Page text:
Orioles Preview - Page 19 - A look back at the 2014 AL East champion Orioles (7)

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- Page 19
A look back at the 2014 AL East champion Orioles (7)



2014 contribution: Brach became the latest example of the Orioles’ ability to find relief talent out of nowhere, and his acquisition from the Padres in the preceding offseason gave the Orioles a future All-Star who had a 3.18 ERA once he got off the Norfolk shuttle and settled into a trusted role. Brach gave the Orioles two scoreless playoff outings, too.


Why he’s gone: Brach was an expensive luxury as a setup man last year for the Orioles, and was dealt to the Braves in late July for international signing bonus slots.


Where he is now: The Chicago Cubs signed Brach to a one-year free-agent contract this winter, and he’ll look to regain the form that made him an All-Star in 2016.




2014 contribution: Like Britton, Hunter found a home in the bullpen after some frustrations as a starter, and responded by being a vital piece of one of the game’s best bullpens. Hunter had a 2.97 ERA in 60 appearances and chipped in two scoreless playoff outings for the cause.


Why he’s gone: Hunter was a pending free agent in 2015when the Orioles dealt him to the Cubs at the deadline for Junior Lake, breaking up one of the more effective bullpens in baseball.


Where he is now: There was a brief reunion with the Orioles in 2016, but Hunter is currently in the second year of a two-year, $18 million deal with the Phillies.




2014 contribution: Miller was a revelation after the Orioles sent left-hander Eduardo Rodríguez to Boston for his services. He gave them20 innings with a1.35ERAin the last two months of the season. His 71⁄3 innings of one-hit, scoreless relief with eight strikeouts over five playoff appearances were tremendous, too.


Why he’s gone: Miller was so good in the playoffs that year that he set himself up for a massive payday. He got it in the form of a four-year, $36 million contract from the Yankees.


Where he is now: New York dealt him to Cleveland in 2016, and Miller signed a two-year, $25 million deal with the Cardinals this past offseason.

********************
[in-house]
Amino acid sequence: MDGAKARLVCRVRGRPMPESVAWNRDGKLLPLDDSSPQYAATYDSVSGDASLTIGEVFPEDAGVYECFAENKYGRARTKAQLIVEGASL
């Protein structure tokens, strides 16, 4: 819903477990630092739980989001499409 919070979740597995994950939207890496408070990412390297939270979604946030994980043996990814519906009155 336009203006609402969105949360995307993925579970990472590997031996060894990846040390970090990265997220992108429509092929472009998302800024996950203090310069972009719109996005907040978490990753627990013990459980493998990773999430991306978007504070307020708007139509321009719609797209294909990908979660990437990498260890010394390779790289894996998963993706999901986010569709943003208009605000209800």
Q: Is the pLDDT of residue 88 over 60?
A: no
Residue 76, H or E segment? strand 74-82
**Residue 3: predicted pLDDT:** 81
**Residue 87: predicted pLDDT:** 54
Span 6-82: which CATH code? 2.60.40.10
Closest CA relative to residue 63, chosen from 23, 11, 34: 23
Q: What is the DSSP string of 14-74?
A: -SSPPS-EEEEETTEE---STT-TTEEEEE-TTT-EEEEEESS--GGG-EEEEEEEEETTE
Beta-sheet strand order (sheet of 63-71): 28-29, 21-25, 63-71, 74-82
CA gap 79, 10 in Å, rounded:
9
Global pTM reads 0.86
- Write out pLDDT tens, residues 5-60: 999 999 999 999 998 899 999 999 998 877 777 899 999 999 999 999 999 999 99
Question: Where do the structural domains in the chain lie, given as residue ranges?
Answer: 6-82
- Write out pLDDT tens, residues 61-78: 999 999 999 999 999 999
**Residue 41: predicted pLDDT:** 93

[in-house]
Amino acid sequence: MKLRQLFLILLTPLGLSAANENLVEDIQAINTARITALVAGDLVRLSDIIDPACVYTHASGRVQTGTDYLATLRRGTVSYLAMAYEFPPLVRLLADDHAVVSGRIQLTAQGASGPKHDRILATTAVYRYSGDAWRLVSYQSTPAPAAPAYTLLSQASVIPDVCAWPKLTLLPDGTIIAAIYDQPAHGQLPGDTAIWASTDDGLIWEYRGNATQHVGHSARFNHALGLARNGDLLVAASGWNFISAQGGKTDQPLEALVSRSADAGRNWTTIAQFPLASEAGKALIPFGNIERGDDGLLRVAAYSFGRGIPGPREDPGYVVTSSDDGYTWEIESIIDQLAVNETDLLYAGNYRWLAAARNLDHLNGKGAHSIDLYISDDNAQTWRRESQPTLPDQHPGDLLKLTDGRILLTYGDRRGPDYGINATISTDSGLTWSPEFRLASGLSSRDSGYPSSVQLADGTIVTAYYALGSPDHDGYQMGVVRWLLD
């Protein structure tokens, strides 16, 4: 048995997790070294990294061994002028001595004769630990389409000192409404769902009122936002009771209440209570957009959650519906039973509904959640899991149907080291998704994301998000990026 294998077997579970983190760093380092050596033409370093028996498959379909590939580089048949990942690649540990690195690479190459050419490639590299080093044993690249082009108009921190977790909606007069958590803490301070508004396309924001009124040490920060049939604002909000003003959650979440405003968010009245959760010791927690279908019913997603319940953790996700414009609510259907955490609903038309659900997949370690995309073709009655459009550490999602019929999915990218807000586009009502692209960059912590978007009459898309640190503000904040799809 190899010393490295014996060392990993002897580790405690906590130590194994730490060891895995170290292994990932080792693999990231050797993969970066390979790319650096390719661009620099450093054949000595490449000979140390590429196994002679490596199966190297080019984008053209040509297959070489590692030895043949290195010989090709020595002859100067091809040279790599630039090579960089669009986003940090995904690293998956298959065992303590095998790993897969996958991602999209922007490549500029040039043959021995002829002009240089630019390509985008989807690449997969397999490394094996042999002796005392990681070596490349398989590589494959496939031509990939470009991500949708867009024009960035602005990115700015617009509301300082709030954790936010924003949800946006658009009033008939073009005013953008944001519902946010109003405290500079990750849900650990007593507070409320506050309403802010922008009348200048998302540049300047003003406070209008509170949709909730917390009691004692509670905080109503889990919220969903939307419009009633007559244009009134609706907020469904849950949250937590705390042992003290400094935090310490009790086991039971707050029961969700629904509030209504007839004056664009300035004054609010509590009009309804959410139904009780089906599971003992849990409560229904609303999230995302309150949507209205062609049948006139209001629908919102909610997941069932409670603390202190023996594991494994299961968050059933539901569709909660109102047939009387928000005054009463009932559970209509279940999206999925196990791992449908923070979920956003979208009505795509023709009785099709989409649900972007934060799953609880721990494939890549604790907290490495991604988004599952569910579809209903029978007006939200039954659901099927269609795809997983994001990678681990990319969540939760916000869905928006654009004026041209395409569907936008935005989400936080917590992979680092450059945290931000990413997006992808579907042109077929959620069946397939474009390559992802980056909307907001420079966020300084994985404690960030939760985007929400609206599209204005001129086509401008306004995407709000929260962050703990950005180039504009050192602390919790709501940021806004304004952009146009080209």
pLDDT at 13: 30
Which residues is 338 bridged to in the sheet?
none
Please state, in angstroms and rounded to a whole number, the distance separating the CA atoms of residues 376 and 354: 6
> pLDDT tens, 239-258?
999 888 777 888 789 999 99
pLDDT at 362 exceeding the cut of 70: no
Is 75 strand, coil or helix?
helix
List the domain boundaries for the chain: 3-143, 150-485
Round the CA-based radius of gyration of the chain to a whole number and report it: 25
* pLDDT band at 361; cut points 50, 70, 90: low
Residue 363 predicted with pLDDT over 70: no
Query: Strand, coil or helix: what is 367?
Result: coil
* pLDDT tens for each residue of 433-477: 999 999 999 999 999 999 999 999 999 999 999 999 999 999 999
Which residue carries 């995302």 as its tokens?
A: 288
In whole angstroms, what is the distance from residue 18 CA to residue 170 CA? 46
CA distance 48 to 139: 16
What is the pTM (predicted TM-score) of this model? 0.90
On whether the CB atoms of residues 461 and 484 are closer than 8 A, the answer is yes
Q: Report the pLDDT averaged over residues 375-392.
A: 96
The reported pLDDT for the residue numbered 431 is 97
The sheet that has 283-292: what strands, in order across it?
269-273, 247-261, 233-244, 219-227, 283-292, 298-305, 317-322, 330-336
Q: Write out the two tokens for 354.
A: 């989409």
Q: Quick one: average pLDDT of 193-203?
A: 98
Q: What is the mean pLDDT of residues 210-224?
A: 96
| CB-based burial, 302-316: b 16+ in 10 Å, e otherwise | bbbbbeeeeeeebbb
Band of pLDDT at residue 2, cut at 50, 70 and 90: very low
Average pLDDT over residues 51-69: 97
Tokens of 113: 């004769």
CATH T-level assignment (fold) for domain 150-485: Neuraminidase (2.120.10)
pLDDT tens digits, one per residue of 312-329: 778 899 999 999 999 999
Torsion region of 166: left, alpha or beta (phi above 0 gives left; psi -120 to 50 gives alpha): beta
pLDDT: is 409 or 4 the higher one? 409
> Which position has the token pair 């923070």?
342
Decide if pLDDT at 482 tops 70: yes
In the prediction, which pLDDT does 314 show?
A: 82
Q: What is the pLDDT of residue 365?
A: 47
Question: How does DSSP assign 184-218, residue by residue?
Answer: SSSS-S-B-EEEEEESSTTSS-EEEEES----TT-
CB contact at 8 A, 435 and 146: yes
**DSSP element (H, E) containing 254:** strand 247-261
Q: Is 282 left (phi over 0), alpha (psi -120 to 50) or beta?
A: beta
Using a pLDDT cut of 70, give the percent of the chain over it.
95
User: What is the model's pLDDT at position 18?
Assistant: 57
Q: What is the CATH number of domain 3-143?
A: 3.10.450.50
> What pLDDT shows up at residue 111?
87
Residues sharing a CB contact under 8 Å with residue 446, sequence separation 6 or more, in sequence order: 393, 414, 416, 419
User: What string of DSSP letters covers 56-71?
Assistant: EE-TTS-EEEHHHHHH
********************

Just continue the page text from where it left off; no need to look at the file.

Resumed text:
2014 contribution: The Rule 5 restrictions from the year before lifted, McFarland made 37 appearances—including one start—for the Orioles in 2014, with a 2.76 ERA, though he didn’t make the playoff roster.


Why he’s gone: Four up-and-down seasons with the Orioles ended in February 2017 when McFarland was cut in spring training. He landed with the Diamondbacks.


Where he is now: McFarland had a career-best 2.00ERAin 2018 for the Diamondbacks, and is back for a third season in the desert in 2019.




2014 contribution: The 2018 fourth overall pick for the Orioles, Matusz was nearing the height of his LOOGY (left-handed one-out guy) powers in 2014, with a 3.48 ERA in 63 appearances while holding left-handers to a .223 average. He allowed a run in his only playoff appearance.


Why he’s gone: Even though he posted a sub-3.00 ERA in 2015, Matusz pitched just seven times and couldn’t get anyone out in 2016 before he was traded to the Braves that May. Atlanta immediately designated him for assignment. He pitched once for the Cubs that year, on “Sunday Night Baseball” no less, but that went badly, too.


Where he is now: The Diamondbacks gave Matusz a try in 2017, but released him from his minor league contract that May. He hasn’t pitched since.




2014 contribution: Webb’s only season in an Orioles uniform wasn’t bad statistically, but for a team that got relief contributions from unsung sources, paying Webb $4.5 million for two years wasn’t worth the 3.83 ERA he gave them in 51 games.


Why he’s gone: The Orioles went to great lengths to get out from under the $2.7 million owed to Webb for the second year of his contract, and traded a compensatory round draft pick to the Dodgers solely so they could dump his contract in April 2015.


Where he is now: Webb tried to make a comeback in 2018, but only lasted two months in the minors with the Cubs before he was released.




2014 contribution: An All-Star in 2010, Meek was well past that form in 2014 when he had a 5.79 ERA in 231⁄3 innings for the Orioles.


Why he’s gone: Meek was outrighted off the 40-man roster shortly after being left off the playoff roster that October, having proved to be surplus to requirements in baseball’s best bullpen that year.


Where he is now: A few stints in independent ball weren’t enough to get Meek back to the majors. His last pitch with the Orioles was his last pitch in the big leagues.




Showalter was the manager until last October, when his contract expired. Bench coach John Russell is the technical director at IMG Academy in Bradenton, Fla., after he wasn’t brought back for 2019. First base coach Wayne Kirby and third base coach Bobby Dickerson each had his contract expire after the 2018 season, too, with Dickerson latching on as the Phillies’ first base coach. Pitching coach Dave Wallace retired from major league coaching after the 2016 season and took a job with the Braves. Bullpen coach Dom Chiti ended up in the Braves’ front office with him after he wasn’t tapped as Wallace’s replacement. Hitting coach Jim Presley was reassigned after the 2014 season and ultimately left the organization. He coached in Taiwan in 2018.